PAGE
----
Attorney taking questions on whether you should be a lawyer

(Please Ask Questions and Answer Questions)
anattorney
Posts: 54
Joined: Sun Jan 20, 2013 7:12 pm

Re: Attorney taking questions on whether you should be a lawyer

Postby anattorney » Tue Oct 15, 2013 9:38 am

ghostofdreams wrote:It's been suggested that entering the legal market before considering or entering law school is an education in itself. Do you agree? If so, in what ways can a person enter into a job with some sort of legal capacity without a law degree or as a paralegal?


I think this is true; although it doesn't really give you a perfect idea of what it's like to be a lawyer, it at least gives you some idea. When I was applying to law school, big firms would hire paralegals just with an undergrad degree from a good school but they usually wanted a 2 year commitment. I don't know if the firms are doing this anymore. Small law firms usually want to hire paralegals who have some kind of paralegal training because you are doing a lot of the nuts and bolts of the work. Community colleges often have inexpensive classes/programs for this. You could also be a file clerk type, which typically does not require too much experience or training, but doesn't pay much and is boring. (but still possibly useful in terms of exposure to the firm and making connections).

anattorney
Posts: 54
Joined: Sun Jan 20, 2013 7:12 pm

Re: Attorney taking questions on whether you should be a lawyer

Postby anattorney » Tue Oct 15, 2013 9:51 am

bizzybone1313 wrote:We really appreciate you taking the time to do this.

Can you state if you yourself are happy being an attorney? What tier of law school did you graduate from? How many hours do you work? What kind of money do you make in terms of a ballpark range?


I am pretty happy being a lawyer. I don't think I will do it for the rest of my working life, but if I had to for financial reasons, I would not be miserable about it. I have a very good QOL as far as hours are concerned. I usually work 9-5/9-6, with occasional busy months where I am preparing for a big hearing, settlement conference etc. and will work later nights and some weekends. I make low six figures currently. My starting salary in family law however was much lower. In my market, in the higher end family law firms (e.g. you are doing work for wealthy clients) I would estimate starting salaries are usually $60-75 and people at my level about 5 years in may be making $95-120, but this is just a guess based on people whose salaries I actually know.

User avatar
JazzOne
Posts: 2938
Joined: Tue Sep 09, 2008 11:04 am

Re: Attorney taking questions on whether you should be a lawyer

Postby JazzOne » Tue Oct 15, 2013 9:58 am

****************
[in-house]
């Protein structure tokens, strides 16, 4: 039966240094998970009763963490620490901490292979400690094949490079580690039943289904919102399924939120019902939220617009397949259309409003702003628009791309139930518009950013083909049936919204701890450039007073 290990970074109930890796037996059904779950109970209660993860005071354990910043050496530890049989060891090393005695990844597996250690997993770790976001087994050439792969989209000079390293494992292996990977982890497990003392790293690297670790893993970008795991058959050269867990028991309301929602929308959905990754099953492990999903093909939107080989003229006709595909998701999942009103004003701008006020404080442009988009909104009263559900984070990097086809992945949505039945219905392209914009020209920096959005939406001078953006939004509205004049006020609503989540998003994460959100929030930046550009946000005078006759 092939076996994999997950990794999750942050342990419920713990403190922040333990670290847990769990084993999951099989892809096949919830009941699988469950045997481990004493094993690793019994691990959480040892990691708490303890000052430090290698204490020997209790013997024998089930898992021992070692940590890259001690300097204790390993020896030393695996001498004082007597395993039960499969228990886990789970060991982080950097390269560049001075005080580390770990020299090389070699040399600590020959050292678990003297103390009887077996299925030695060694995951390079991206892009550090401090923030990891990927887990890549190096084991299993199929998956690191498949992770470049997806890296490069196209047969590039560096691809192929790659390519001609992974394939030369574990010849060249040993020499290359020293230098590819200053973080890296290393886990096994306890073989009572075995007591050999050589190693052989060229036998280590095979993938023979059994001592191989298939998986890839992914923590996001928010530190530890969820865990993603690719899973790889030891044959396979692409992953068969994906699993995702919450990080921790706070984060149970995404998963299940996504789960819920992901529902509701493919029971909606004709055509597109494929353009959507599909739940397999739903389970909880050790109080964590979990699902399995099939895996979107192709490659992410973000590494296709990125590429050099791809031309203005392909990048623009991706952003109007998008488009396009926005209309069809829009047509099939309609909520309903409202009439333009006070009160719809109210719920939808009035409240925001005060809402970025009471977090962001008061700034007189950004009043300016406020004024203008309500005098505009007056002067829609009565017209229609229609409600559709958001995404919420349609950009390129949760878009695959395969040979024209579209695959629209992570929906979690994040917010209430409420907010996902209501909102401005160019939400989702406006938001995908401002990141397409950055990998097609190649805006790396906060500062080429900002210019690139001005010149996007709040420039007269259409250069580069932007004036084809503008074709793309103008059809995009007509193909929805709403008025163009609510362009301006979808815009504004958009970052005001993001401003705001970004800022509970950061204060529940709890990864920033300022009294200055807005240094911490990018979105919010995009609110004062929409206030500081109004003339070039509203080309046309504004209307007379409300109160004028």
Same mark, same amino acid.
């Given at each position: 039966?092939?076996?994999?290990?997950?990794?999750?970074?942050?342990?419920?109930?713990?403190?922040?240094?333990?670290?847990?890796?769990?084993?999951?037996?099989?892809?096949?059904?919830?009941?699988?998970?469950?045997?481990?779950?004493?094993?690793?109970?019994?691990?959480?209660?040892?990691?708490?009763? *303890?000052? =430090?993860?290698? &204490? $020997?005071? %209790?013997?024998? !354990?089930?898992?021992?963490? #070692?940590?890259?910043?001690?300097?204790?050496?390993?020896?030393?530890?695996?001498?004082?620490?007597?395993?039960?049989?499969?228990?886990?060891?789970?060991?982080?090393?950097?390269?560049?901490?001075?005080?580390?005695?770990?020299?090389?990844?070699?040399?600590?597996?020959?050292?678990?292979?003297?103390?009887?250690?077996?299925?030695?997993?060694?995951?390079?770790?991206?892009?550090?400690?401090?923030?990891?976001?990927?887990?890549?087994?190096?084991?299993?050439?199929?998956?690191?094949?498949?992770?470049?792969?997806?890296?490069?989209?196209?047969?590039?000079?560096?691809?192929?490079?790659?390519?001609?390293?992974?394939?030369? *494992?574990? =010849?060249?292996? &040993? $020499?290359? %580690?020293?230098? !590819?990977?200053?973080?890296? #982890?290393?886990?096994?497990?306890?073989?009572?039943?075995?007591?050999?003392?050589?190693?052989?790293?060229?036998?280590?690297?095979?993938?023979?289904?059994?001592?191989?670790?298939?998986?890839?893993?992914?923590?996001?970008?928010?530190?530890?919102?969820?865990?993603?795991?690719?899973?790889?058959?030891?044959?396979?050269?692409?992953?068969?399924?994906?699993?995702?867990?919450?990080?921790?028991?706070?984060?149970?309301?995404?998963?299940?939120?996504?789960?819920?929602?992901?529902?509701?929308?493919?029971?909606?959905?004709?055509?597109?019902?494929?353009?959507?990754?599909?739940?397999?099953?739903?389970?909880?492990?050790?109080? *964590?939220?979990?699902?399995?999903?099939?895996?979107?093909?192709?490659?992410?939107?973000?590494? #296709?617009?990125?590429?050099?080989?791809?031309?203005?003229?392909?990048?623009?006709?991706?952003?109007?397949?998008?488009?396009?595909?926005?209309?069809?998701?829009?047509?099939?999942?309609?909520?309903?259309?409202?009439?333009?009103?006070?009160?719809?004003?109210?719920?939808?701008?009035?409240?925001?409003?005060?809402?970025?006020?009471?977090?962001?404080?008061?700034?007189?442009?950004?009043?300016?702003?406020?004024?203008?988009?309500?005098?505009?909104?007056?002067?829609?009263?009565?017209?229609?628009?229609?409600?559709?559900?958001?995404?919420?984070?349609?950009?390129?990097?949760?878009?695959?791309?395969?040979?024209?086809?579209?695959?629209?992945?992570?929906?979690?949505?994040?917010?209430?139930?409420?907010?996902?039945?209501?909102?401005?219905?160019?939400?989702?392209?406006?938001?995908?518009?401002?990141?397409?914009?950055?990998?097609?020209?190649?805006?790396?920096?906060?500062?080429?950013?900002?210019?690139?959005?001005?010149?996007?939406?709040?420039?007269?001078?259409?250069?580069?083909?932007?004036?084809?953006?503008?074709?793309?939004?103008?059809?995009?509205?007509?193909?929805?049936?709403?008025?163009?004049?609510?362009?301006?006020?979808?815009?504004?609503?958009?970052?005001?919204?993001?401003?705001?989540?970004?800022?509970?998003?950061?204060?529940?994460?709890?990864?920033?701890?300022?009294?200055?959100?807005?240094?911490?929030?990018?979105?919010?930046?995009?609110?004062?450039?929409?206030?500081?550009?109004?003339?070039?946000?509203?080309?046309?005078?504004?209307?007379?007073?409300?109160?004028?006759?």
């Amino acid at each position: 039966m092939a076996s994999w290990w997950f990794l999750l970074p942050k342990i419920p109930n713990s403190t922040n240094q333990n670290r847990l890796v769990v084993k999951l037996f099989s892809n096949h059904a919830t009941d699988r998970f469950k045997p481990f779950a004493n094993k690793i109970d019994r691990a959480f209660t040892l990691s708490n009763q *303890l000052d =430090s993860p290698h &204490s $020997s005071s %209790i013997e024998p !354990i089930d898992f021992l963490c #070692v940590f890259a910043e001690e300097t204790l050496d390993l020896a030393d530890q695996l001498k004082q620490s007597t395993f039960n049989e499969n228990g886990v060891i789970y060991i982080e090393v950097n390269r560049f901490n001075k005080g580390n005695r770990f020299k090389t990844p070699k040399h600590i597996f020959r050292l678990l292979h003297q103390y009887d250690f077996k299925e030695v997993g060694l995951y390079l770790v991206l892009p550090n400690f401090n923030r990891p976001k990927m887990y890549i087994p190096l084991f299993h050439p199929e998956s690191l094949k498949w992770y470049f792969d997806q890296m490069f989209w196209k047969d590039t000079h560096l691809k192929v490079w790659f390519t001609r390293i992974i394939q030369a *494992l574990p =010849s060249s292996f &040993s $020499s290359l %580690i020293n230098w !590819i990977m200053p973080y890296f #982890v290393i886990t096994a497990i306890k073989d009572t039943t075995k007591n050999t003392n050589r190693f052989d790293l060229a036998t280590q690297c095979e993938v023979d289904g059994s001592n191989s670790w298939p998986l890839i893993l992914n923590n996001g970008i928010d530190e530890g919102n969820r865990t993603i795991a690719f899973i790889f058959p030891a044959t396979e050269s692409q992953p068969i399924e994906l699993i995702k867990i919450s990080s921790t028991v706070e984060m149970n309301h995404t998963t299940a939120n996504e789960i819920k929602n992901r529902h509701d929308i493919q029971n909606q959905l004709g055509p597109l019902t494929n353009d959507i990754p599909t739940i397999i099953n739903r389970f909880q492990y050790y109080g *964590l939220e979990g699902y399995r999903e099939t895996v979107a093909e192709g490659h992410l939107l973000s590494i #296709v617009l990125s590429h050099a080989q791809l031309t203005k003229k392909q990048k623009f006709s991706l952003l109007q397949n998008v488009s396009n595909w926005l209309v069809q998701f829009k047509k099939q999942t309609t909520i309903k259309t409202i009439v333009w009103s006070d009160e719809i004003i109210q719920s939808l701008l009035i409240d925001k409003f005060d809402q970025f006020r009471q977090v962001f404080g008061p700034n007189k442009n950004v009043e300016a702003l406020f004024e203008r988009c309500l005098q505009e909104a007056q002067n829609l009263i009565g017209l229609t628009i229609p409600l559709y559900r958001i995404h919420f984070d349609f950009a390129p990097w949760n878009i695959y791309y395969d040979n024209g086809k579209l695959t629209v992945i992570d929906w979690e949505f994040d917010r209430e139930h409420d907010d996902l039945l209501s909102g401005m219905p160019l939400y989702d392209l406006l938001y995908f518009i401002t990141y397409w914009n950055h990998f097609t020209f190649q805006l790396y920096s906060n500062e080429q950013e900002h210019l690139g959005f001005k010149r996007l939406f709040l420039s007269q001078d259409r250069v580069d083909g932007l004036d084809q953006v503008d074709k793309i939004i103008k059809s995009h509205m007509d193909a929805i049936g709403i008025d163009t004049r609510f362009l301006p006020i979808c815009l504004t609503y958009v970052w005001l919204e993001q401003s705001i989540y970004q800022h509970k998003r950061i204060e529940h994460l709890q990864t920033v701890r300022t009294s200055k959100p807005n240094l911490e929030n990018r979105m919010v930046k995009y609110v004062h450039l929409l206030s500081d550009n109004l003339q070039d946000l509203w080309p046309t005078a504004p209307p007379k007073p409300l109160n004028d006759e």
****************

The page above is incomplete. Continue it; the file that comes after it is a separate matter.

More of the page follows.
Great thread. I wish this was around when I started law school. I have several of the "negative" character traits for an attorney. For instance, I was a teacher prior to law school, and I have severe apathy toward corporate interests. I spent one year in biglaw and hated it, and I have now transitioned back into academia. I find your generalizations to be useful and accurate. Thanks for sharing.
Last edited by JazzOne on Tue Oct 15, 2013 10:10 am, edited 2 times in total.

anattorney
Posts: 54
Joined: Sun Jan 20, 2013 7:12 pm

Re: Attorney taking questions on whether you should be a lawyer

Postby anattorney » Tue Oct 15, 2013 10:04 am

KeepitKind wrote:Can you talk a little about your transition from transactional biglaw to family law? Did you join a small family law firm? Were you treated basically as a 1st yr associate when you switched over? Or did you have any skills that carried over into litigation and made you valuable right away?

No need to reveal anything too specific, just curious about the general switch from corporate biglaw to a smaller, litigation-based practice.


I was still pretty junior when I transitioned so I came in at entry level, although I had some family law experience from during law school. It was a small firm, as most family law firms are with a few exceptions. My experience was very "sink or swim"; not that it was a cutthroat environment but I had to pick up a lot of substantive stuff right away without the kind of intensive oversight you get at bigger firms. This was stressful for about the first six months but ultimately I really enjoyed the greater sense of responsibility/ownership over my work.

As a sort of related anecdote, I was talking to a friend who is still a biglaw attorney and he said that he had been allowed to send his work to the client for the first time with his supervising partner "only" looking it over for 15 minutes and making a few changes. This is the sort of thing I would hate because I like working independently. I had a substantial degree of independence in terms of interacting with clients, opposing counsel, submitting court filings etc. within about a year.




Return to “Law School FAQ”

Who is online

Users browsing this forum: No registered users and 1 guest